Guest writer: Brendan Parsons on scorekeeping

The scorer's box, looking down on the Ghetto's ice. @ Oakleigh.

The scorer’s box, looking down on the Ghetto’s ice. @ Oakleigh.

A change of gear today. Ever wondered who is operating the scoreboard and compiling the teamsheet at any given game? Even in Rec D, summer league, in Melbourne, a bunch of tireless almost-volunteers work to make it happen – and we are damn grateful. (I’ve only been in there long enough to feel sheepish that I don’t help more.)

A big thanks to Brendan Parsons for taking us behind the glass, ice-side, to explain the magic.

Hockey scoring: not for the faint-hearted

By Brendan Parsons

“Shit!”

“What was that?”

“I didn’t see! Get ready whatever it is.”

“What number?”

“Use double zero, just make sure you get the two in right, we can fix it after.”

“I’m on it.”

“Hey can I –“

“Shut up!  Hold on a second – watch the ice – anything coming in on the radio?”

“No…  OK, we’re good.”

“Time?”

“Fourteen twenty seven.”

Radio hisses

“Hey, you there?”

“Yep, what was it?”

“Fourteen, tripping, two minutes.”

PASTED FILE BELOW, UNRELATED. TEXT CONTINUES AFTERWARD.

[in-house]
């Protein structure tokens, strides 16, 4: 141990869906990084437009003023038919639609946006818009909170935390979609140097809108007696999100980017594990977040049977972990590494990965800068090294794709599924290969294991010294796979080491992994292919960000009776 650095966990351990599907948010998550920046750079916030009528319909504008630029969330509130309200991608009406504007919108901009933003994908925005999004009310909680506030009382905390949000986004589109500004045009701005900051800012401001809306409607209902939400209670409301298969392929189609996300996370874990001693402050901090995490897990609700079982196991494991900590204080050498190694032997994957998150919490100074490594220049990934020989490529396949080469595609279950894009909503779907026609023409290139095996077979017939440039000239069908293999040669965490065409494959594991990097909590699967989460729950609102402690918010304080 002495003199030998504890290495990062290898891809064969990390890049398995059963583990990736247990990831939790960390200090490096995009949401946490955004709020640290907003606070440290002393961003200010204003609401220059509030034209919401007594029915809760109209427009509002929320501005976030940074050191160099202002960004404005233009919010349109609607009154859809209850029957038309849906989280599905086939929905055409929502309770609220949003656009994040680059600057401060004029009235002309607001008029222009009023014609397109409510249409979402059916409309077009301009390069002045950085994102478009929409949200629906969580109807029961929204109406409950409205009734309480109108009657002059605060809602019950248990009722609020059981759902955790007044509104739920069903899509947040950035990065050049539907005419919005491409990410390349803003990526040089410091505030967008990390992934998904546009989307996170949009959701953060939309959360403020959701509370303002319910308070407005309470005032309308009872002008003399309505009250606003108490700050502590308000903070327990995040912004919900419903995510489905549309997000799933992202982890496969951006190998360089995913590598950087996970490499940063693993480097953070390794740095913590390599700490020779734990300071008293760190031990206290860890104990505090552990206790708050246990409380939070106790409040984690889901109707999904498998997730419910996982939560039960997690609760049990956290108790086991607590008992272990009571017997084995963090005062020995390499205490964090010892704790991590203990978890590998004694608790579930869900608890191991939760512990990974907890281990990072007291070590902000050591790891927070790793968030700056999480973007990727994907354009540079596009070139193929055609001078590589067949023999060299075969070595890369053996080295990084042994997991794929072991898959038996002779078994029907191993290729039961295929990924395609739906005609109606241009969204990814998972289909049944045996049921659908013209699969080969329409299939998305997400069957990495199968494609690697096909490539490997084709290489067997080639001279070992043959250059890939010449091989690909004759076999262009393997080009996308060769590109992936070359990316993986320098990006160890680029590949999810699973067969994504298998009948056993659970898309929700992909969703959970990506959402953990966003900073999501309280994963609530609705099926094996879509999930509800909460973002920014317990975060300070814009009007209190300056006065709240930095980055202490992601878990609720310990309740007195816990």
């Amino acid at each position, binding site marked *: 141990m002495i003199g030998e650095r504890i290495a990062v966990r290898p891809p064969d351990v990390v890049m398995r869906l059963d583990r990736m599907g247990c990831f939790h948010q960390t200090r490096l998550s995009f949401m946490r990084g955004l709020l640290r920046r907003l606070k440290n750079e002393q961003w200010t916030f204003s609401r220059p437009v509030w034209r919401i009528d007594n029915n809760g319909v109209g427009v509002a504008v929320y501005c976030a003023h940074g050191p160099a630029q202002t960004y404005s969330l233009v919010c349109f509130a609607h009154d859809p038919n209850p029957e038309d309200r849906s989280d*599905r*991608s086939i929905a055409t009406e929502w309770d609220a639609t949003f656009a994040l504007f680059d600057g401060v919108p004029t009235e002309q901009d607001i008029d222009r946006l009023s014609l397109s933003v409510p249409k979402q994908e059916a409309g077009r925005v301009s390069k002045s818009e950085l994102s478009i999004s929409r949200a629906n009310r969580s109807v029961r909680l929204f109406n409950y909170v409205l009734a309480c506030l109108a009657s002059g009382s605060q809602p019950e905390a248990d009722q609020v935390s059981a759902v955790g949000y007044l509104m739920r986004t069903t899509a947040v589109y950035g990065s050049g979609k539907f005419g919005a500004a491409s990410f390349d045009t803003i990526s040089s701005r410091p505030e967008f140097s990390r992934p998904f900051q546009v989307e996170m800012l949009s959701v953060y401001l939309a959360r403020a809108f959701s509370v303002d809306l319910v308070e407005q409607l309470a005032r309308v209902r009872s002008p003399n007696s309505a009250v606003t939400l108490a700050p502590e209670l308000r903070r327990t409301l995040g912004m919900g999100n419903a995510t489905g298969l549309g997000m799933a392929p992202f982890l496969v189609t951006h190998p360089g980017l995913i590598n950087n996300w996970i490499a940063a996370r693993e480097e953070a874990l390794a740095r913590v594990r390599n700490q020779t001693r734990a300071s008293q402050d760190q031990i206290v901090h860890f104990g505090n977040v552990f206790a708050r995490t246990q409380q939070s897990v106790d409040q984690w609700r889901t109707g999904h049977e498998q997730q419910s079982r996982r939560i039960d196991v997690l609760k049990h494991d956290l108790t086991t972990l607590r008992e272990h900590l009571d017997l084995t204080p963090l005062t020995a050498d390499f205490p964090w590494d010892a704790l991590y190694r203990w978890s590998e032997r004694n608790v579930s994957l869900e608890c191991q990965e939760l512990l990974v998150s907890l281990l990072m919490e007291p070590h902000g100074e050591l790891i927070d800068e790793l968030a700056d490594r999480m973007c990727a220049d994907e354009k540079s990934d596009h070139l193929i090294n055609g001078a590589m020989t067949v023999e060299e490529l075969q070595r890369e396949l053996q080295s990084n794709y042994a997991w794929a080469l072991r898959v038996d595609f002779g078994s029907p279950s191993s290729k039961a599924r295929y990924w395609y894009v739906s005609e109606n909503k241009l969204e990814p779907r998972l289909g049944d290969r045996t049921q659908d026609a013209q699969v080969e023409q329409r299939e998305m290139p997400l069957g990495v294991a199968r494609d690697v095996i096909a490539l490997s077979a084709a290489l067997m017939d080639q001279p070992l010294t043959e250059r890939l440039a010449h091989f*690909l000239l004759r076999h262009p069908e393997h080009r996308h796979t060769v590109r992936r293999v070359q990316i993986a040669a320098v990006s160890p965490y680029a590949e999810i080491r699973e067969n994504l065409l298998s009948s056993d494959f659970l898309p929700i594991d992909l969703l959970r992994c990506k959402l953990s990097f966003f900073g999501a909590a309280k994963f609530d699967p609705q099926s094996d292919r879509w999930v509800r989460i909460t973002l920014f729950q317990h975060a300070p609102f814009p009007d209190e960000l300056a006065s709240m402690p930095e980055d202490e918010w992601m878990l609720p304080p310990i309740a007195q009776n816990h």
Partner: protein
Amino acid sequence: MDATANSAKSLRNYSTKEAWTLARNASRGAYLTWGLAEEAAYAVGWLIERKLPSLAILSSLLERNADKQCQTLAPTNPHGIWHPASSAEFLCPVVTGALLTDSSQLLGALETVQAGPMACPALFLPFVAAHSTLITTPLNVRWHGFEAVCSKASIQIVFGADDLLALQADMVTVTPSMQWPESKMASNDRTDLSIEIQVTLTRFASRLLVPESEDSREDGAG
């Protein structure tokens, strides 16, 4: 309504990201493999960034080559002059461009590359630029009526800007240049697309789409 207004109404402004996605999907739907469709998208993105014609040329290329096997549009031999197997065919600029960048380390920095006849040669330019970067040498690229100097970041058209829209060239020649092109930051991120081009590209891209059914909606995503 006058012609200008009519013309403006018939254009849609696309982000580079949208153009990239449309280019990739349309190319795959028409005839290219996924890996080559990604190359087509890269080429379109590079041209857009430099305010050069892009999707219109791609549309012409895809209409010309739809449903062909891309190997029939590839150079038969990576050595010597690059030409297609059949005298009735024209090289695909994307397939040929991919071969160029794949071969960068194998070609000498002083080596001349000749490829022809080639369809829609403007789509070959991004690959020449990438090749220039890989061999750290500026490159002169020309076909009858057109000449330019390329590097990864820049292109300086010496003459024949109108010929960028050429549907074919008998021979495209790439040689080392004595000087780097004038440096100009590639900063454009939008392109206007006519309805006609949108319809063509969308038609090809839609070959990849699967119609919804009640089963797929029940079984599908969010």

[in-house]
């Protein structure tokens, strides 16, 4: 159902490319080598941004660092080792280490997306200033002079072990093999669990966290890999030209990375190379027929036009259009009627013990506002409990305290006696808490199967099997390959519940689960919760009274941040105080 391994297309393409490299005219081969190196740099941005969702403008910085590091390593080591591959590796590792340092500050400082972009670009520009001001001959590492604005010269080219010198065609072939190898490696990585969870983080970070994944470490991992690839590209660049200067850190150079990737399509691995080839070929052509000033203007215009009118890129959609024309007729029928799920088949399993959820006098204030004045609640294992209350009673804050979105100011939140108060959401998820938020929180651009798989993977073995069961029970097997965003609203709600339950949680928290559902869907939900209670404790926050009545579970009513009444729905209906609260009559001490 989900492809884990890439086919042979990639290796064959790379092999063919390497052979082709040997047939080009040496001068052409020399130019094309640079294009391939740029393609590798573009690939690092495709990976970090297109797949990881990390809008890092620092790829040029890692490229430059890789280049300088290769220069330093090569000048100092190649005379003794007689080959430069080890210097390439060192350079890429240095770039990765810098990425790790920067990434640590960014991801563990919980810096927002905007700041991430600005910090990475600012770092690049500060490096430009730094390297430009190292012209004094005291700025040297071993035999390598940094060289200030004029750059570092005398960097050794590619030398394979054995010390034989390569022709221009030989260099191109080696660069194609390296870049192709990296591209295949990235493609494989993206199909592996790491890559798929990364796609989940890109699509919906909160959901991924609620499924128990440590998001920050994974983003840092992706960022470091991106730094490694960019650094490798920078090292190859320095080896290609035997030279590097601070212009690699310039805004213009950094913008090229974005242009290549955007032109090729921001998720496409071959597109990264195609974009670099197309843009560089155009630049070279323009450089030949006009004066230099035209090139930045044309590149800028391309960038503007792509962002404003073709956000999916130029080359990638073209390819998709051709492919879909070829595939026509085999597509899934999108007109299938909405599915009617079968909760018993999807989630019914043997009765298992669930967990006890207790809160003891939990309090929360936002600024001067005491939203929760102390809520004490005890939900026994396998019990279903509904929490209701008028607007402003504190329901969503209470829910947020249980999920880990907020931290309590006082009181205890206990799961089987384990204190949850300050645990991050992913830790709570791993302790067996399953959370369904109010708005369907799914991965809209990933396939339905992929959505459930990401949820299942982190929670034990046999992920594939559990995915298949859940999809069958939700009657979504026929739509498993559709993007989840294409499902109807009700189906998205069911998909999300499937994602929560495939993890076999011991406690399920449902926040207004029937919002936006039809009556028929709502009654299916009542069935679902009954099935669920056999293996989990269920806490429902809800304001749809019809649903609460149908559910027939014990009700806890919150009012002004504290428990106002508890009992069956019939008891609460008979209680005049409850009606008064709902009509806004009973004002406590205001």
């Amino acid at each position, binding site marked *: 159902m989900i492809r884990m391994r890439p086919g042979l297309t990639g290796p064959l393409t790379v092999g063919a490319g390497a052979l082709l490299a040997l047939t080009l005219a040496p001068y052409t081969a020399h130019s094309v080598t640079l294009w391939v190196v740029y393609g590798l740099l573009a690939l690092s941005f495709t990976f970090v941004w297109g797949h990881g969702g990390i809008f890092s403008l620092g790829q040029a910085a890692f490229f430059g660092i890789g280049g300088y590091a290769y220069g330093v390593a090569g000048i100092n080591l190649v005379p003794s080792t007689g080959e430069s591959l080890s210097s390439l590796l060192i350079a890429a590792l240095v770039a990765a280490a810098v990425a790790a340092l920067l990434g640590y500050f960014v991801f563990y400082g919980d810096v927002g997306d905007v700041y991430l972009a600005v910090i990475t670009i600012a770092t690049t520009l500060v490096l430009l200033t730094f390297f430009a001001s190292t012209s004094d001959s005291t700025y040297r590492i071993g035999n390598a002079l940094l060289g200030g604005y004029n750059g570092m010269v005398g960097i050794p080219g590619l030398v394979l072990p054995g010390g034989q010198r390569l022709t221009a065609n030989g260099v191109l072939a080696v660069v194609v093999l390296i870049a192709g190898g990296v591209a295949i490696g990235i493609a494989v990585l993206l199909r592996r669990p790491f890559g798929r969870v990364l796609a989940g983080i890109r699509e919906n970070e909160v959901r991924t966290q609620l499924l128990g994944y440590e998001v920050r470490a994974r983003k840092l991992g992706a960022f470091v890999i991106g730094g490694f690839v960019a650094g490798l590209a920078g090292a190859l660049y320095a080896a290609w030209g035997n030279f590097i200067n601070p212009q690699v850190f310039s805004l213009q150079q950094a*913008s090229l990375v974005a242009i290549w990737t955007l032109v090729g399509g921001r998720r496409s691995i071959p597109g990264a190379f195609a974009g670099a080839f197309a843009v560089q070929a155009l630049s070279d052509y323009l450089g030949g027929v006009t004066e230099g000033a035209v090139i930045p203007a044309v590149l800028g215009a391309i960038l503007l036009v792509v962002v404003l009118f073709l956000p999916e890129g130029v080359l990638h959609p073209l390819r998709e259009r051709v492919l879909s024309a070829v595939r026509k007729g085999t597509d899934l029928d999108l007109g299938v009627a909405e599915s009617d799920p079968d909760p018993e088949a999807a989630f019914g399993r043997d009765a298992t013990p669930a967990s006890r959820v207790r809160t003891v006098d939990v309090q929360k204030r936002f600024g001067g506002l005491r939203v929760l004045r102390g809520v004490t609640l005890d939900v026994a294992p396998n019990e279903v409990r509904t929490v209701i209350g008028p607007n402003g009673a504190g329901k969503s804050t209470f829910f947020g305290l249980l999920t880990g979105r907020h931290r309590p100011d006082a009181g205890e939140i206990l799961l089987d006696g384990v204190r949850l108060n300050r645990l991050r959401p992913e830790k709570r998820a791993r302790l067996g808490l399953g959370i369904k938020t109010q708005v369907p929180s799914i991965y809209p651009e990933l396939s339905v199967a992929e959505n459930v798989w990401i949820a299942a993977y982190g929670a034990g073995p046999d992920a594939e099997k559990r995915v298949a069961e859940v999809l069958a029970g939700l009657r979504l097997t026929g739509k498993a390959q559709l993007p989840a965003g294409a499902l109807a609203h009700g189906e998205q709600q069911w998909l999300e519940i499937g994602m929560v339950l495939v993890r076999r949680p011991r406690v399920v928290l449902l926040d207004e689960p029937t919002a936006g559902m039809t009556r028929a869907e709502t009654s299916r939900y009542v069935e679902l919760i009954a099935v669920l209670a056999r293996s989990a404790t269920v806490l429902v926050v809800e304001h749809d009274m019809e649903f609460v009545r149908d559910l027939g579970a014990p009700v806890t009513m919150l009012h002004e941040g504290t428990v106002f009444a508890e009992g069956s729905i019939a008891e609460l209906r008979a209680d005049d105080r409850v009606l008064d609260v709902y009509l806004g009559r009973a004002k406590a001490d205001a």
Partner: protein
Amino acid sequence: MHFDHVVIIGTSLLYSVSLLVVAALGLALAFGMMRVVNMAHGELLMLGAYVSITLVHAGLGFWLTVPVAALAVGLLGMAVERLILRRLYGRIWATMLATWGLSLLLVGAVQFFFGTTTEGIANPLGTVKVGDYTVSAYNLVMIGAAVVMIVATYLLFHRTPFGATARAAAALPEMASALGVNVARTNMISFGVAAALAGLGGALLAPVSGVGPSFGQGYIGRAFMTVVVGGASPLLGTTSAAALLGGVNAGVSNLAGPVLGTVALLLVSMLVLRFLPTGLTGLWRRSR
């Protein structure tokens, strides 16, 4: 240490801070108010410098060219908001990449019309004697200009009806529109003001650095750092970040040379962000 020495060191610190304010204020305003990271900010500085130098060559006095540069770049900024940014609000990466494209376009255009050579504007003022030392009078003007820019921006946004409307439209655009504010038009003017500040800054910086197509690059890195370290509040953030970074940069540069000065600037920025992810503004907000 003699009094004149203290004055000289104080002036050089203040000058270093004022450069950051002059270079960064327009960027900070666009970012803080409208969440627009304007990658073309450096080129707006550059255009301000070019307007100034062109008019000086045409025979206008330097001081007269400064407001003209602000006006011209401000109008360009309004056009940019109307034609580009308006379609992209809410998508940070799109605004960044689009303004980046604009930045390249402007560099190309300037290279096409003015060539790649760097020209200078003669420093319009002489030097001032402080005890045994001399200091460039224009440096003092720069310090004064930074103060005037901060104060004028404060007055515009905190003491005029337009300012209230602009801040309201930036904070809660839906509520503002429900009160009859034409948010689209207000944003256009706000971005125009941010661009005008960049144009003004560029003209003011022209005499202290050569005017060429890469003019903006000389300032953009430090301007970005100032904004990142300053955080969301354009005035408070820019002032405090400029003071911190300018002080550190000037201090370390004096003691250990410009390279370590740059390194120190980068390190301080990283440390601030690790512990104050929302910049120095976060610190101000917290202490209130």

“Ok, got it.”

“Sorted – shot on – two shots, home.”

The score box at Oakleigh ice rink is nothing short of parody of a TV newsroom– but without the Sorkinesque hallway walking.  Scraps of paper litter the eagles-nest perched high above the stands.  Aged, yellow control boxes operating the scoreboard and clock flash their analogue red LEDs alarmingly and intrusively.  Only the edges of the vintage, leather stools are used by the scorer and timekeeper; the scorebox is no place to sit in comfort despite its relative warmth.  Snacks and coffee sit safely away from the equipment, but close at hand for the occasional 20 second break.  The computer hums and grinds to process the demands of the byzantine excel spreadsheet.